Before anything else, I wish to to congratulate Hidilyn Diaz for her heroic victory in the ongoing Tokyo Olympics. Her triumph in the women’s weightlifting 55kg division not only gave the country its first-ever gold medal in its 97 long years of participation in the Olympics, it gave us a reason to rejoice for a brief moment, and forget about our daily worries on the COVID virus, the economy and politics. Finally!!! After decades of frustration, the Philippines has that monkey off its back.
Hidilyn’s feat has opened the door for more Filipinos to go for glory. Previously, the elusive gold had seemed like an impossibility, a distant dream that could never be realized. Now, that barrier has finally been breached. (The Philippines did win a gold medal in the 1988 Seoul Olympics, but Arianne Cerdena’s gold feat was not counted since bowling was then a mere demonstration sport, not to be counted in the regular medal tally.)
Since the Philippines started competing in the Olympics in Paris, France in 1924, our athletes have garnered only 10 medals so far; 3 of which were silvers, while the 7 others were bronze. In fact, for a span of 20 years – since the 2000 Sydney Olympics to the 2004 Athens Olympics, the 2008 Beijing Olympics and the 2012 London Olympics, the country’s best athletes could not buy a single medal.
It was only in the most recent 2016 Rio Olympics that we medalled again, with Hidilyn herself collecting a silver. This ended the 20-year jinx cast on our hapless Philippine athletes. Hidilyn’s victory this time makes her not just the first gold medal winner for the country, she is just the second repeat-medal performer for the country. The first twin medal performer was Teofilo Ildefonso who captured 2 bronzes in the men’s swimming 200m breaststroke event in 1928 and 1932.
More interesting trivia about Philippine Olympic medalists include: the only father-son medal winners – Jose and son Anthony Villanueva (boxing); the only brothers to have medalled – Roel and Mansueto Velasco (boxing). But we digress.
What does the Hidilyn gold medal really mean? At this halfway point in the Olympics, we are already assured of another sure medal finish in Lady Boxer Nesthy Petecio, with more strong hopefuls still in the thick of the fight. What does the uptrend in the country’s international sports victories tell us?
Our sports record will speak for itself. Philippine Sports’ performance started its dip during the reign of Peping Cojuangco as Philippine Olympic Committee (POC) President. His reign was marred by rampant reports of bad governance, corruption, unethical meddling in sports association affairs, favoritism, and carried an odious stench of sports politics. Needless to say, development at the grassroots level was virtually non-existent; and support for the elite level sports was found lacking – in facilities, in training and exposure.
In 2016, with the change in administration, fund support from the government’s Philippine Sports Commission (PSC) for the athletes and the different sports association started to trickle in. In 2017, a long-drawn court battle finally unseated Peping as POC President. The immediate results were: the 2016 Olympic silver medal (breaking the 20-year Olympic medal drought) and the 2018 resurgence of medal winners in the Asian Games. This year’s modest Olympic haul tells us that we are now on the right track, although certain quarters will still say that the fund support is lacking.
Thus, it is encouraging to see that the twin concerns of leadership and fund support are showing great strides here.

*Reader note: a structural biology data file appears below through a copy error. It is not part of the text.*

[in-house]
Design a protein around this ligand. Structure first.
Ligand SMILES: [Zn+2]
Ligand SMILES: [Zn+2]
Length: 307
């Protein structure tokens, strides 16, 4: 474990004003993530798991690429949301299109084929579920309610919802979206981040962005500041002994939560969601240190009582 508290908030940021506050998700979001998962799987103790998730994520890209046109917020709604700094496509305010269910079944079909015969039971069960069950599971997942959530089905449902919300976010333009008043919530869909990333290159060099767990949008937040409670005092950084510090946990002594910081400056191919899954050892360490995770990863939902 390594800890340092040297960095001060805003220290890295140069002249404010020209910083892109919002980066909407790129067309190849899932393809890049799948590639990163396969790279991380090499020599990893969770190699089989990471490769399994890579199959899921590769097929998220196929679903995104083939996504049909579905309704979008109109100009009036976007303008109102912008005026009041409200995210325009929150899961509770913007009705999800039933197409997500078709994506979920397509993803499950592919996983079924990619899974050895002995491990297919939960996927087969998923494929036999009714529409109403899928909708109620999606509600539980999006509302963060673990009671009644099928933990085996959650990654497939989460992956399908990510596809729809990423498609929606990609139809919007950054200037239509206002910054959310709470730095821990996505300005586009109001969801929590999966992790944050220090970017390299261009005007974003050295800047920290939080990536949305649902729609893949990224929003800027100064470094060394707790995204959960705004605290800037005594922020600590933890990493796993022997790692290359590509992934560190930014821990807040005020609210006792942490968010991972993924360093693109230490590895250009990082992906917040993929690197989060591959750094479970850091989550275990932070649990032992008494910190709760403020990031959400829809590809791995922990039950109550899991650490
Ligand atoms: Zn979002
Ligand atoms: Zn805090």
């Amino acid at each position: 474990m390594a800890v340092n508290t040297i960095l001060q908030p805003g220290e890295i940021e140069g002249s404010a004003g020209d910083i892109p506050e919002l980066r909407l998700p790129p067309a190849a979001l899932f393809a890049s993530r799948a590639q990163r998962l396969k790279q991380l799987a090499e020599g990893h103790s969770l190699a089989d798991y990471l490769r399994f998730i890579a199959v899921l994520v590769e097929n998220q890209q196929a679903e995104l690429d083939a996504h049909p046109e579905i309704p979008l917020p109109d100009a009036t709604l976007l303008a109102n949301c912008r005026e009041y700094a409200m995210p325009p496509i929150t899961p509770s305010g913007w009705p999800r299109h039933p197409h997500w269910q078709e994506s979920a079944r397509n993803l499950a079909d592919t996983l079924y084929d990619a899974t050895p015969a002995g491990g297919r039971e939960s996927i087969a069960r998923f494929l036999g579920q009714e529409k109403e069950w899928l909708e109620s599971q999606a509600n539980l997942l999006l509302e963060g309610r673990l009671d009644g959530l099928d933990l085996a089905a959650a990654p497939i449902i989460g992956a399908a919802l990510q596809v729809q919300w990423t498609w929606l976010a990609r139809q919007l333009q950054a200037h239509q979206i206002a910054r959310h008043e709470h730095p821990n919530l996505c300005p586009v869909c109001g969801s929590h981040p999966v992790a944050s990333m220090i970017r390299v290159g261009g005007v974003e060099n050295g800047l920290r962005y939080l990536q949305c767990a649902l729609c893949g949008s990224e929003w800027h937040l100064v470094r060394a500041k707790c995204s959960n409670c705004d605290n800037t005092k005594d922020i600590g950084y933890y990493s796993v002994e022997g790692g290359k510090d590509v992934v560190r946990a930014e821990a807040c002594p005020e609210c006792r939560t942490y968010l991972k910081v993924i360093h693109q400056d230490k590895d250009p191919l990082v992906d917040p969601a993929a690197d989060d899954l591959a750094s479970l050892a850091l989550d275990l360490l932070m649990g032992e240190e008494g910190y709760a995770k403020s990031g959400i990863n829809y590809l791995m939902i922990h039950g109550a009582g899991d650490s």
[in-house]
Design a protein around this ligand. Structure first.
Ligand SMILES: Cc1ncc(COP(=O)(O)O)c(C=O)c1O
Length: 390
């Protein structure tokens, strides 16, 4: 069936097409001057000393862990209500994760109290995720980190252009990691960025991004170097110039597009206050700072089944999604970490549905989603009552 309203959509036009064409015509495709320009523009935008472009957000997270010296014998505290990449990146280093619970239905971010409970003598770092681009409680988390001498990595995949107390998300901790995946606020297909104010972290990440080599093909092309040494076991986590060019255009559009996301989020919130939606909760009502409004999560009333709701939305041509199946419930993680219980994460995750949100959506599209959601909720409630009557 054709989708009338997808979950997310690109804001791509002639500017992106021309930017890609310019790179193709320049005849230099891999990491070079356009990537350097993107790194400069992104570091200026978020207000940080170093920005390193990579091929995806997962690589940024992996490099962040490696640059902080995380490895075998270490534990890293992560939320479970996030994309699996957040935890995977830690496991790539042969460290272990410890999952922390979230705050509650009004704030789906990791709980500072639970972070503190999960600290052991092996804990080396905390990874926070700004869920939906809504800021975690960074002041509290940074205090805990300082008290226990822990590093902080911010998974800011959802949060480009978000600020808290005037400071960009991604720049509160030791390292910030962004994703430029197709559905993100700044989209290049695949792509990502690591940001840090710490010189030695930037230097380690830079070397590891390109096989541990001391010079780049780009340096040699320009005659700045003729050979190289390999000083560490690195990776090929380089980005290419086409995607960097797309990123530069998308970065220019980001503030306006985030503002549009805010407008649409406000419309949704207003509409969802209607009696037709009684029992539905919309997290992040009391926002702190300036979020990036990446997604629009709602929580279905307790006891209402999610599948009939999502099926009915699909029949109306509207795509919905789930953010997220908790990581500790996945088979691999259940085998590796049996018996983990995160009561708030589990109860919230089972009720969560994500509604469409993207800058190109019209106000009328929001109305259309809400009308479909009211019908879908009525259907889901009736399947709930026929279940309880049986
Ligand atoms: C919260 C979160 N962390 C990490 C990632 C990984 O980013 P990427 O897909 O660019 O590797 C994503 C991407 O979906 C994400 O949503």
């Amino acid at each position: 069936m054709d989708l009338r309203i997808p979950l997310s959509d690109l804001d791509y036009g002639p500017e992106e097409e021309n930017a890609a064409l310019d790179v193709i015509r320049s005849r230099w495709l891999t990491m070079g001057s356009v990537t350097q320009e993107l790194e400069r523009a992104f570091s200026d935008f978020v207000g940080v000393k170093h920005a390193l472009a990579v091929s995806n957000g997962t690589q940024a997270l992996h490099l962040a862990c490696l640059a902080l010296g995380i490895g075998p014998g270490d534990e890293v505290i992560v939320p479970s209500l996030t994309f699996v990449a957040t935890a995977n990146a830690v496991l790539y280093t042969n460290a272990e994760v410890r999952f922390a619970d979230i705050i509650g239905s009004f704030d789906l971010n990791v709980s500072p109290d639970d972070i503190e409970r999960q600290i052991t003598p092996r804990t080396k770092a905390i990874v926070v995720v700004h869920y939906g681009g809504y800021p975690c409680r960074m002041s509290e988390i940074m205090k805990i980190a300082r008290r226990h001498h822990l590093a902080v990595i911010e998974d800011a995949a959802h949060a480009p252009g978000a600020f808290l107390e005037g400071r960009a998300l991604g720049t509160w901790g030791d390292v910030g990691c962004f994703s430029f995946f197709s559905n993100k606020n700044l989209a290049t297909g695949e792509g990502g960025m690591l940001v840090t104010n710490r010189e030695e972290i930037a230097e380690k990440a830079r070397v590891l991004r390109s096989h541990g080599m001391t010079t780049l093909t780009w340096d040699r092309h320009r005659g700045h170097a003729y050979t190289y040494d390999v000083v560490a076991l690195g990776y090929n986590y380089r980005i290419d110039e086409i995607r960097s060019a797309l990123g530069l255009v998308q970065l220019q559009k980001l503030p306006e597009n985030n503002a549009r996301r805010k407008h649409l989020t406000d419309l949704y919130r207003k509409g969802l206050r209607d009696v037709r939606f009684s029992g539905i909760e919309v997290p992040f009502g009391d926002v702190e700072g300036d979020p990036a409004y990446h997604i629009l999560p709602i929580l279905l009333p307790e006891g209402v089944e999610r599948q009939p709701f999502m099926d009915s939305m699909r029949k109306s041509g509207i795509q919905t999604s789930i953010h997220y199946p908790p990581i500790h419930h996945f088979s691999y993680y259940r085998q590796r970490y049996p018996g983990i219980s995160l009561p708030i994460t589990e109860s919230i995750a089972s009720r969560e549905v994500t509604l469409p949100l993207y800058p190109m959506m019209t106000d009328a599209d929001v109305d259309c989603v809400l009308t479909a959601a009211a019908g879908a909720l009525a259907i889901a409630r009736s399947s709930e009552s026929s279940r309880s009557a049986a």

On the leadership issue, Peping has been replaced by Bambol Tolentino. Bambol is not a saint himself, as he still has not been able to liquidate the expenses incurred during the hosting of the 2019 SEA Games. But he doesn’t carry a Mafia hellbent on perpetuating themselves in power; he doesn’t meddle with the sports associations; and there has been no reports of lavish trips abroad for POC officials. For the PSC, Butch Ramirez’ quiet, yet equitable stewardship of fund support for the training of elite athletes and for the construction of sports facilities has clearly resulted in the favorable competition results.
As for the fund support for the athletes as a whole, there can never be enough. Particularly starting last year when the pandemic caused the sports budget to be slashed drastically. To address this deficiency, the PSC has been greatly involved in finding private sponsors to help provide more funds for the athletes’ training and travel. Bottomline, it will be emphasized that the athletes’ budget since 2016 has been far better than before, resulting in better results. It started with Hidilyn’s silver in the 2016 Olympics, gold medals in the 2018 Asian Games, and now this olympic gold, with a possibility of more to come.
After years in the doldrums, Philippine Sports is now slowly waking up. It is a most welcome respite, in the face of the stressful COVID – 19 crisis. It uplifts our spirits, and gives us hope for tomorrow. Thank you, Hidilyn! And thank you to all our other athlete-warriors who have stepped forward to take the challenge to to make our people proud.
Philippine Sports is not totally out of the woods yet. There remain a lot of reforms that need to be undertaken. There are still a lot of National Sports Associations (NSAs) that remain stagnant due to their jurassic leadership, with their antiquated ideas. There are still a lot of stubborn sports leaders who refuse to believe that there are younger, more dynamic, more aggressive sportsmen who can lead their respective sports associations. It will be a good idea to have a performance audit for each and every NSA for the last 15 – 20 years. It is time to reflect on our modest gains; and be inspired, and sustain the momentum to bring in more sports glory for the country.
Cover photo courtesy of gmanetwork.com.